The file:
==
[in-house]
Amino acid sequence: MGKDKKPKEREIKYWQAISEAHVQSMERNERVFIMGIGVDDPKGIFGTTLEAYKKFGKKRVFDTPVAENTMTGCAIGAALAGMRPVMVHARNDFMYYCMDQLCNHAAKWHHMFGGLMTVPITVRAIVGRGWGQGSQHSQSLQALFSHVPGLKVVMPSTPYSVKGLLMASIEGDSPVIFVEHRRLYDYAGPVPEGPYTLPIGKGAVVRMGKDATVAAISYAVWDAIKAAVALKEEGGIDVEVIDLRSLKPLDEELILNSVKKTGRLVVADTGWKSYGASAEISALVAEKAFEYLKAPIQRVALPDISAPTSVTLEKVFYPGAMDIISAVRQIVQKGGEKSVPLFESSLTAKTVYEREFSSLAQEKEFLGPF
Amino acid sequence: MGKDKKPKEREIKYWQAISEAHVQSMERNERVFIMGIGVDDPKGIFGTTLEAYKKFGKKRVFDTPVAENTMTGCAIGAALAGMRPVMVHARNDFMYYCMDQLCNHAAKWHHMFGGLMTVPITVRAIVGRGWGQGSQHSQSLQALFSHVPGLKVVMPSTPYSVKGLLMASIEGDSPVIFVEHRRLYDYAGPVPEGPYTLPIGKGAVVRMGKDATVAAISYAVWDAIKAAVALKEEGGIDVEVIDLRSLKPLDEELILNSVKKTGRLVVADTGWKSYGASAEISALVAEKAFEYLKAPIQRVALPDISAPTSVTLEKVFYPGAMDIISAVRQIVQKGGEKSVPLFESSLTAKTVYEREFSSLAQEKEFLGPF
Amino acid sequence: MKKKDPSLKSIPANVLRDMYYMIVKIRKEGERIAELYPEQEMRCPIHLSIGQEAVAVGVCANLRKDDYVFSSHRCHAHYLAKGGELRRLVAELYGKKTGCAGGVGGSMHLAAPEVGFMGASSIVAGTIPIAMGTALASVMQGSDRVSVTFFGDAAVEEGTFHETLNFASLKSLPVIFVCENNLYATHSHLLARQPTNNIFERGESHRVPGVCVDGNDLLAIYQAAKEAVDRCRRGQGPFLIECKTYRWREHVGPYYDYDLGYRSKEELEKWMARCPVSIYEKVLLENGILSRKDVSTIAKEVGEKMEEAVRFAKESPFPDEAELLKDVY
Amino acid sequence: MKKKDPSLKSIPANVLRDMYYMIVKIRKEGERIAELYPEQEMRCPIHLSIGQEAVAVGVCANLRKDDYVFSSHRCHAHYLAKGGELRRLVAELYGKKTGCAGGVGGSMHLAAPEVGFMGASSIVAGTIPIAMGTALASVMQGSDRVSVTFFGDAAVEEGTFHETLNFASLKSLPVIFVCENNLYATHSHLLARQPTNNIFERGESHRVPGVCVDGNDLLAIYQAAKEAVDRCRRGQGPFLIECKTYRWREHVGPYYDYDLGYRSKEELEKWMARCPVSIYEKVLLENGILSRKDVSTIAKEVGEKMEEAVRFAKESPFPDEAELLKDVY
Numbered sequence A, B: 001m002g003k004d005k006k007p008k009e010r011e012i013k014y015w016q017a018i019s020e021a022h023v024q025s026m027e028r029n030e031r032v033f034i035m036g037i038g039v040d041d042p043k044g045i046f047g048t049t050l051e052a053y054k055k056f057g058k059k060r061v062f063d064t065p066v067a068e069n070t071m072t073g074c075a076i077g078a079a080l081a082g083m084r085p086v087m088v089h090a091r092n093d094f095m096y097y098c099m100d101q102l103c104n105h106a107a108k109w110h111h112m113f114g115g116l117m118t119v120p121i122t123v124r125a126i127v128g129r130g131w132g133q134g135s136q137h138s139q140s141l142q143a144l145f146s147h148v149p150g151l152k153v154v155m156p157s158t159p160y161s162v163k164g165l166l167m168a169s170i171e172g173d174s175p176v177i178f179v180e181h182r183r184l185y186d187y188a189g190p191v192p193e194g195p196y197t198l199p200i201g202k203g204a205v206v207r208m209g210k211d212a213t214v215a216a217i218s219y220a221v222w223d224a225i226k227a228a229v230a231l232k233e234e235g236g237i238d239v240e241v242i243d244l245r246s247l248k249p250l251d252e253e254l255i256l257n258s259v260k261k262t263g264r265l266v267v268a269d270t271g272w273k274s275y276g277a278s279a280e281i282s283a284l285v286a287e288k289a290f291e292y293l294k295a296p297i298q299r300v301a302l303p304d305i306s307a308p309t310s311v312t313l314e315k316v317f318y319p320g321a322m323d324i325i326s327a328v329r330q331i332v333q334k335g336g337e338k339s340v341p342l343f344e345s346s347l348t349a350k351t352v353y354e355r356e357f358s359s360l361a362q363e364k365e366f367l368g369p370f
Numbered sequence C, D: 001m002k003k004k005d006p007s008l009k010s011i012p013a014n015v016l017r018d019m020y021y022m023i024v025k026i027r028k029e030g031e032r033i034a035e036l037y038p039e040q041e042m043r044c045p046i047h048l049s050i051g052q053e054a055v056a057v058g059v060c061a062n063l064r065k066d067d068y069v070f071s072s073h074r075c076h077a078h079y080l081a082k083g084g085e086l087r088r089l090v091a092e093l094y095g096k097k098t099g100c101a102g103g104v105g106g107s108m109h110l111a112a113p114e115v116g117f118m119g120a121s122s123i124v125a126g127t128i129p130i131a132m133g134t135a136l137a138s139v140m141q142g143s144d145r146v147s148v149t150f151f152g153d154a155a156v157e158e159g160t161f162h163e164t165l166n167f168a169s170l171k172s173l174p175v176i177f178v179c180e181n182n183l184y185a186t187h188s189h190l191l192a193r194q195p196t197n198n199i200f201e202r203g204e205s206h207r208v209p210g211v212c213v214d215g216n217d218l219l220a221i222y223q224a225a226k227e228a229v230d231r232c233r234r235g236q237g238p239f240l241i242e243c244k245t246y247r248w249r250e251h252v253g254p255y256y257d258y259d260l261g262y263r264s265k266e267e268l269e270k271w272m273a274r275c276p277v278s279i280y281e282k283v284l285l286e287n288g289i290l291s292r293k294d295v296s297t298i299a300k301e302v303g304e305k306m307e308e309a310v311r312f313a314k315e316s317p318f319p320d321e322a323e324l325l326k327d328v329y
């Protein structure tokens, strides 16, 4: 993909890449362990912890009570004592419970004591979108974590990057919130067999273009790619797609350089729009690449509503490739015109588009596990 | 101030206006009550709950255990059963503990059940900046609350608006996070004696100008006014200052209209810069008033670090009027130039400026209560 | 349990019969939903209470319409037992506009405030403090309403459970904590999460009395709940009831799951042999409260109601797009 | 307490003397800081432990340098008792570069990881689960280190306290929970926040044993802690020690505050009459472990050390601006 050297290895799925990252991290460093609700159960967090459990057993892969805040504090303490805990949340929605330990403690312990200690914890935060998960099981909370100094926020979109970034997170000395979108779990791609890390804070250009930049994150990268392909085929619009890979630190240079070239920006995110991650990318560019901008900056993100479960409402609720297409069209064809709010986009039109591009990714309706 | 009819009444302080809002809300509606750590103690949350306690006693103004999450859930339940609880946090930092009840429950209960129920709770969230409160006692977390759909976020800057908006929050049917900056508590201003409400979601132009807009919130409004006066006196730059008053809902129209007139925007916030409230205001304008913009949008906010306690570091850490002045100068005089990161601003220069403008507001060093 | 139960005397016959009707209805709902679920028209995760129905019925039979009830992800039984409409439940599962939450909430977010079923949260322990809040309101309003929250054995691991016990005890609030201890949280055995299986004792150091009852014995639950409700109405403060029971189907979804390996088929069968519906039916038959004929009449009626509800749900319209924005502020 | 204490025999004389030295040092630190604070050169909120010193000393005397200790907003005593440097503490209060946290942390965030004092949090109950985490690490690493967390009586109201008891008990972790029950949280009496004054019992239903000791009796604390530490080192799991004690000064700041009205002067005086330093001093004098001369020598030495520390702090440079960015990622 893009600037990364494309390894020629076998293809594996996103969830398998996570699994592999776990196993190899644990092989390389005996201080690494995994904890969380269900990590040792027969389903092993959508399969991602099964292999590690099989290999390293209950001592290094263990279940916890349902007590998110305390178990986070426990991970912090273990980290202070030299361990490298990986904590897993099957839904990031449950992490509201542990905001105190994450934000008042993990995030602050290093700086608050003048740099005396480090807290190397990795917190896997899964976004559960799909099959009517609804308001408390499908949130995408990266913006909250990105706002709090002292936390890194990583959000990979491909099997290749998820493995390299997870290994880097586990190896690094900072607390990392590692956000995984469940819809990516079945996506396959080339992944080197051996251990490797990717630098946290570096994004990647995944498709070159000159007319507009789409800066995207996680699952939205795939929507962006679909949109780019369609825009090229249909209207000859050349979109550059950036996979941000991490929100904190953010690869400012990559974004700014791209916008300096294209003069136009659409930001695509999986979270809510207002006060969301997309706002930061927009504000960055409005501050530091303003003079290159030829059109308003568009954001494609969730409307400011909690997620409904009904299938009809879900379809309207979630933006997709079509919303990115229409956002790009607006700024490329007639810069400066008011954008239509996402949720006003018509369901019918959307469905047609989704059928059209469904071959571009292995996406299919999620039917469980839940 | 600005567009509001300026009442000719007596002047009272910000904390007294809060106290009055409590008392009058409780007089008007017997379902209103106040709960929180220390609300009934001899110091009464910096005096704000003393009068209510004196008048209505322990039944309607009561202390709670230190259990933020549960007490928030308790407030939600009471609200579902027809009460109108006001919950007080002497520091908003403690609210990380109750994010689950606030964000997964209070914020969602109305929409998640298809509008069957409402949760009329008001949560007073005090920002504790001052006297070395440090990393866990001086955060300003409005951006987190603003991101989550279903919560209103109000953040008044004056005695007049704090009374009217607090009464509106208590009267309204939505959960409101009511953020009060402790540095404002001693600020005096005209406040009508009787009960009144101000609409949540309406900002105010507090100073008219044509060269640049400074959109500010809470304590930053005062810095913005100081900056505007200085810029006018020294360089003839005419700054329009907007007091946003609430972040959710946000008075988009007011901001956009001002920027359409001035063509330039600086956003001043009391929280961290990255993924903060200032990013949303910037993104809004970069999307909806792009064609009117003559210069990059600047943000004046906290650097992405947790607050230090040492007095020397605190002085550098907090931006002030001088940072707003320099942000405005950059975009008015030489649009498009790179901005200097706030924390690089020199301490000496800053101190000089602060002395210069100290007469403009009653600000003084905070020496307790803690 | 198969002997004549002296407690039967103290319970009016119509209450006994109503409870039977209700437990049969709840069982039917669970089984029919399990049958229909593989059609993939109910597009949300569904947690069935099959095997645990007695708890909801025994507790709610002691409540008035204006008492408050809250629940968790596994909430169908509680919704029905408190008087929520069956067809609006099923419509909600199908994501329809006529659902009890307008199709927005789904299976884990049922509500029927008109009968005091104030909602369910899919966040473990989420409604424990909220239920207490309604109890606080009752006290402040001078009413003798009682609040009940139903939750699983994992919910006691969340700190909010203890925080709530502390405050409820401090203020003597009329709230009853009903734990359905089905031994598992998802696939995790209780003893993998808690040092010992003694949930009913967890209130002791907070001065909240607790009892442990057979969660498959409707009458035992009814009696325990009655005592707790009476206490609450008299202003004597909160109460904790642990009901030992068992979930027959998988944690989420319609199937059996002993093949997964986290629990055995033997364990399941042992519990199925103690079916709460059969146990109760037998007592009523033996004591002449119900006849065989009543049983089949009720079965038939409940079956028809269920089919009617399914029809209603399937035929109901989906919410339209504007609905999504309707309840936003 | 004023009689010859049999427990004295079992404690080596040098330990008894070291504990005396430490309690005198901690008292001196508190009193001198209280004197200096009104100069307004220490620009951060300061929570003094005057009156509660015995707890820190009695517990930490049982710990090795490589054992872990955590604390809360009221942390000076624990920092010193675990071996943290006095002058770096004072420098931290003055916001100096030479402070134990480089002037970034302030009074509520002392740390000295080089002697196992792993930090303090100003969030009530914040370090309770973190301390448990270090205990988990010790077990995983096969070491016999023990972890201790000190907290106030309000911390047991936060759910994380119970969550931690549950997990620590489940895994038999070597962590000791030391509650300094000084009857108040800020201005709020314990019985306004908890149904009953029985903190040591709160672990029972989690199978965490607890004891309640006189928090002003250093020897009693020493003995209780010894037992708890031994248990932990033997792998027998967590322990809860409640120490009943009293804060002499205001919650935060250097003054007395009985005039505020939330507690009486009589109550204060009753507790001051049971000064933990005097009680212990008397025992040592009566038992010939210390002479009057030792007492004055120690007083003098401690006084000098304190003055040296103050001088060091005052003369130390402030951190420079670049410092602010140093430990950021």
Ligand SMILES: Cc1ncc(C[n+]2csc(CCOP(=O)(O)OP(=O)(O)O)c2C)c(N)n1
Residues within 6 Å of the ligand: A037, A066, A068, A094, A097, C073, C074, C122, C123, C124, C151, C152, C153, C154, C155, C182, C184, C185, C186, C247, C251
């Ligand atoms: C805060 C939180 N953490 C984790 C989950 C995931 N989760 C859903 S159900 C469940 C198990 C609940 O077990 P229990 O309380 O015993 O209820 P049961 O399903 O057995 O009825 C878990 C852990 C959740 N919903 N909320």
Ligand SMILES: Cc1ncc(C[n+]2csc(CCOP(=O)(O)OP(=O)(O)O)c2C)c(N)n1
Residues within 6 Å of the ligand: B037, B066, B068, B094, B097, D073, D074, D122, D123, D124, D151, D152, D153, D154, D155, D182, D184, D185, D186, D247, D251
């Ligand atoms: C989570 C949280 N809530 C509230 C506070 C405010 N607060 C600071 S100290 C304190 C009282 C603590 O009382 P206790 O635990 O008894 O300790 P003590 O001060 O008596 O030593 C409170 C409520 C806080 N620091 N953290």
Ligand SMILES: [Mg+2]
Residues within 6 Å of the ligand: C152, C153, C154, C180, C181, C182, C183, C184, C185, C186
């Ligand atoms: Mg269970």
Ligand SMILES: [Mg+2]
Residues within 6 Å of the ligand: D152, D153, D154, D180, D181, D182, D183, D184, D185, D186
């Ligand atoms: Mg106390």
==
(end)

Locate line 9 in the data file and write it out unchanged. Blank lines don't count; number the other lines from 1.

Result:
Ligand SMILES: Cc1ncc(C[n+]2csc(CCOP(=O)(O)OP(=O)(O)O)c2C)c(N)n1